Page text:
Caribbean in America: How To Ease The Transition to High School for Caribbean Transfer Students

I am excited to share today’s guest blog post from Sidjae Price of Sidjae and I,  know first hand, how disconcerting it can be to adjust to a new environment, culture and school life as a teen, newly arrived in the U.S. Sidjae was kind enough to offer a her insights on how to make the transition easier for international transfer high school students from the Caribbean to the U.S.

It is no secret that many Caribbean students are migrating to the United States with their parents in search of a better life. This idea of a better life is what we commonly know as The American Dream. In an effort to attain their own version of a better life, most families tend to forget about how migration might affect their children and their participation in the education system.

It is debatable, who is responsible for a student’s transition from the Caribbean to the United States. But, as someone who was born in the United States, then moved to Jamaica for six years, then moved back to the United States, I have experienced being a student in both countries. (Yes you read that right!) and I have recognized that there is a need for a structured transitional program to ease the burden of acculturation of Caribbean high school students to the United States.

I can tell you stories of eating lunch alone because I had no friends, getting mocked at school from my peers because of my accent, and even the time when I got placed in the wrong grade, all because the school administrators had no knowledge of the education system in the Caribbean. There is a steady stream of Caribbean students transitioning to U.S. based schools, every year, and there should be a transition plan in place.  Here are 5 ways such a plan could make a transferring from high school in the Caribbean to United States, a smoother process.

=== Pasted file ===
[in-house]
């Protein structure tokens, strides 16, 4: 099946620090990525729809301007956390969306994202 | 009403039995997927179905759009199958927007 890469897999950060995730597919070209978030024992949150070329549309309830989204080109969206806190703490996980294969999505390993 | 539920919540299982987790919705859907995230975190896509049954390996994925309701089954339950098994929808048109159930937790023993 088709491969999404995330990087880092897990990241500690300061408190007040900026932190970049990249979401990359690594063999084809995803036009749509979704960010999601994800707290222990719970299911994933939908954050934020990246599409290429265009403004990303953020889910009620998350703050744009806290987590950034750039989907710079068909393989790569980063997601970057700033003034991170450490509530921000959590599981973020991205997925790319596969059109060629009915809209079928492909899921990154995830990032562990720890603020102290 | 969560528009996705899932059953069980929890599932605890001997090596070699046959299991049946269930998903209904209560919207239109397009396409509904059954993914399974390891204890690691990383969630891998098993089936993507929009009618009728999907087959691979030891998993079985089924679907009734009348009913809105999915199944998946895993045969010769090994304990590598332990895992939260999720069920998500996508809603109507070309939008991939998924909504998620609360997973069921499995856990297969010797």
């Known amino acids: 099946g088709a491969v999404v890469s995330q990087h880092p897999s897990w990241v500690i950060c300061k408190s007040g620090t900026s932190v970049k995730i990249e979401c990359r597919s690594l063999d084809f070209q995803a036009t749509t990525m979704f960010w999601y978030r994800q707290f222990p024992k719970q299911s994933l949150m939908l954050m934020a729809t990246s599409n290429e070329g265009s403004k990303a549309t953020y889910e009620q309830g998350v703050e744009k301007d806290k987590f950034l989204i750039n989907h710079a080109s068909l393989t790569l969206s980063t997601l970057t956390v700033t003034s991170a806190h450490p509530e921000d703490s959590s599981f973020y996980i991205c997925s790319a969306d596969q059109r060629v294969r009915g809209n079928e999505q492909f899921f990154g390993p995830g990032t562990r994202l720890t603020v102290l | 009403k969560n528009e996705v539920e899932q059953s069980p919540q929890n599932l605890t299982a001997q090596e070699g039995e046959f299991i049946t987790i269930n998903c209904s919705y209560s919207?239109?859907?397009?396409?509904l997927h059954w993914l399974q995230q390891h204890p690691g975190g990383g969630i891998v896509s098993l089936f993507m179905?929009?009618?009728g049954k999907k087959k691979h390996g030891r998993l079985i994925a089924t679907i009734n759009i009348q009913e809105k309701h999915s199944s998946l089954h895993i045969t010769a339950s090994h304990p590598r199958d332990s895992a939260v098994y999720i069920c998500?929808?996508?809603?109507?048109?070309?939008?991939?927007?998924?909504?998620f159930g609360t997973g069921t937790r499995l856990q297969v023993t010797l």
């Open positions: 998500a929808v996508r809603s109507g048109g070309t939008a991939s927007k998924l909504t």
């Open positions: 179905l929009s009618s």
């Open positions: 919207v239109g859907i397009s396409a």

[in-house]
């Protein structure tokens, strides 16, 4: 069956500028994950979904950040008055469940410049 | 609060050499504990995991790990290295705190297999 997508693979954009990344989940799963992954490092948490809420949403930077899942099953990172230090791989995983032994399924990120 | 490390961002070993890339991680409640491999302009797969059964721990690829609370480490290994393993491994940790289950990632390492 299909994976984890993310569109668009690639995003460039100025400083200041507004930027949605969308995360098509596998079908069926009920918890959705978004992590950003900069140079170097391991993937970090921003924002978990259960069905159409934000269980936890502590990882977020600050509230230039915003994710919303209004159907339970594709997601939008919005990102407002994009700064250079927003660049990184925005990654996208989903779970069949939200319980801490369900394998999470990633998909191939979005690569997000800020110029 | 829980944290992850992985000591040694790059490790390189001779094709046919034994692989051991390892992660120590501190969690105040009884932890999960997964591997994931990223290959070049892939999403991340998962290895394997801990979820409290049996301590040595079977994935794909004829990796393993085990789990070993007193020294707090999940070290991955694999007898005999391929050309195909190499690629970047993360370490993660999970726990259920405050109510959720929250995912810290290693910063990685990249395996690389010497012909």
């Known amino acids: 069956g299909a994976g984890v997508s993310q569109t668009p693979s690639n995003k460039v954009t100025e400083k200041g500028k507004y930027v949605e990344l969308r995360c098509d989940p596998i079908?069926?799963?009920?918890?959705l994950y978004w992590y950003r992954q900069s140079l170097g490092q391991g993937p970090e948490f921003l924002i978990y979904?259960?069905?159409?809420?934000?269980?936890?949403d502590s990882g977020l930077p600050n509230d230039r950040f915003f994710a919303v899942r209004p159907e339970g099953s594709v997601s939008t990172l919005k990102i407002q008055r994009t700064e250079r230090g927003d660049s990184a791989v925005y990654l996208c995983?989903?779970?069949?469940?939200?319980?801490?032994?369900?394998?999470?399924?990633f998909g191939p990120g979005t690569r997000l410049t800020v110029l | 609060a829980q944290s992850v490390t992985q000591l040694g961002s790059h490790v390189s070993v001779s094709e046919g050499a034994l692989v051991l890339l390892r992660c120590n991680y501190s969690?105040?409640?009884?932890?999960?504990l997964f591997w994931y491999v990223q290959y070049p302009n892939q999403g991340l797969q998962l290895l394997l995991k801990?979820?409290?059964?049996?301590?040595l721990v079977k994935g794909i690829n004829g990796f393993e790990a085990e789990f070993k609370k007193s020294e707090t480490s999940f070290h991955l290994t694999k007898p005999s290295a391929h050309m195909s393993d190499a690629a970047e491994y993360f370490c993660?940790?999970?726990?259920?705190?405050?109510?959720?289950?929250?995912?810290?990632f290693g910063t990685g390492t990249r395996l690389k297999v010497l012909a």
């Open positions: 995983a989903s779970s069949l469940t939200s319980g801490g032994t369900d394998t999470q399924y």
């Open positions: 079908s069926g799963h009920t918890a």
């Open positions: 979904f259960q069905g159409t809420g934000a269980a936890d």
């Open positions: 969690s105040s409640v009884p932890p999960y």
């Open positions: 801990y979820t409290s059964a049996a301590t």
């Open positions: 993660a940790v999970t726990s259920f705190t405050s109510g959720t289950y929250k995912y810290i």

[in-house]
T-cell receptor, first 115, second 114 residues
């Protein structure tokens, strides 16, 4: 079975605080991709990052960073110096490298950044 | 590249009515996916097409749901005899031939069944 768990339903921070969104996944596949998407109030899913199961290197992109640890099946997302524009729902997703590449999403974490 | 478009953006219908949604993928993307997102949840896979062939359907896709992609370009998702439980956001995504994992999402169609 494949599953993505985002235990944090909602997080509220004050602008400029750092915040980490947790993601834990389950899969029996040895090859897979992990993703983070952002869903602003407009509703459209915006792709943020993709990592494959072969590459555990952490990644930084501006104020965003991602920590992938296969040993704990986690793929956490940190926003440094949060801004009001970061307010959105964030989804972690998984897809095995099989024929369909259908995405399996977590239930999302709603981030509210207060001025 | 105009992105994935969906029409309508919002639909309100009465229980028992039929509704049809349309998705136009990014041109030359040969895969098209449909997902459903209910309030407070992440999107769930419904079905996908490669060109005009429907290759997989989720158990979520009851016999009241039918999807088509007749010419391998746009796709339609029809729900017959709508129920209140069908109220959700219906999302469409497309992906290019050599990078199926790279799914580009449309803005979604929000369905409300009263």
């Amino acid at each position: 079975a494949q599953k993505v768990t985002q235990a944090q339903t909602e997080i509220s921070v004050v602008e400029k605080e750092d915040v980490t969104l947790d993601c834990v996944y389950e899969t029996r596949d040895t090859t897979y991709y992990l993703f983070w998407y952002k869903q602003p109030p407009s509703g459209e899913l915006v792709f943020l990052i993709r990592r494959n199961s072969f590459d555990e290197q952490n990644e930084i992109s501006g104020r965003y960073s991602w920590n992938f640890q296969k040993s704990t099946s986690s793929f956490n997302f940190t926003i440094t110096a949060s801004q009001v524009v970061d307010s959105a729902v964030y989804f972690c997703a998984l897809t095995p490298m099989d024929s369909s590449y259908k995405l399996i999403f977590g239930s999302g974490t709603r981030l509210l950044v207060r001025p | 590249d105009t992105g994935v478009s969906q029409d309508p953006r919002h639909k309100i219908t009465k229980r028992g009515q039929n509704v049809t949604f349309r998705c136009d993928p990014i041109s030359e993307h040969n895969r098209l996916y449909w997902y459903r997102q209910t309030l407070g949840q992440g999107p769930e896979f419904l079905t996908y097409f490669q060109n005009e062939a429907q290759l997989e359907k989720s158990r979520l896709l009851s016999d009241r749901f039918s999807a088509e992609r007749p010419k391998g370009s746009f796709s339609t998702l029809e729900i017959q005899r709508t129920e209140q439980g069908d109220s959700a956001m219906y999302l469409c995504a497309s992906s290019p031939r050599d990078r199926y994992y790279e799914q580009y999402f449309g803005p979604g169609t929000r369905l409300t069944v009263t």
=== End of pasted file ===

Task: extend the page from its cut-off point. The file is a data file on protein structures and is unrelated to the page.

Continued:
Teach School Administrators About International School Systems

School administrators should be taught about international school systems. There should be a tool that is used to understand what grade a child should be placed in when they leave their Caribbean island. This is extremely important because in the Caribbean the school system teaches students more intensely. For example, a child who ranked in the top 10 in grade 7 in Jamaica should definitely not be held back. There has to be a consistent decisions on how schools in the U.S. will manage students that come from international school systems. There have been countless times in which my family and friends have came from the islands and it is always a guessing game with school administrators as to which grade they should be in. This guessing game tends to cause stress on the child and often leave them questioning their intelligence. Teaching school administrators about international schools systems and having game plan for a child’s grade placement, would essentially ease the transition of a Caribbean high school student into the United States.

Friendship Program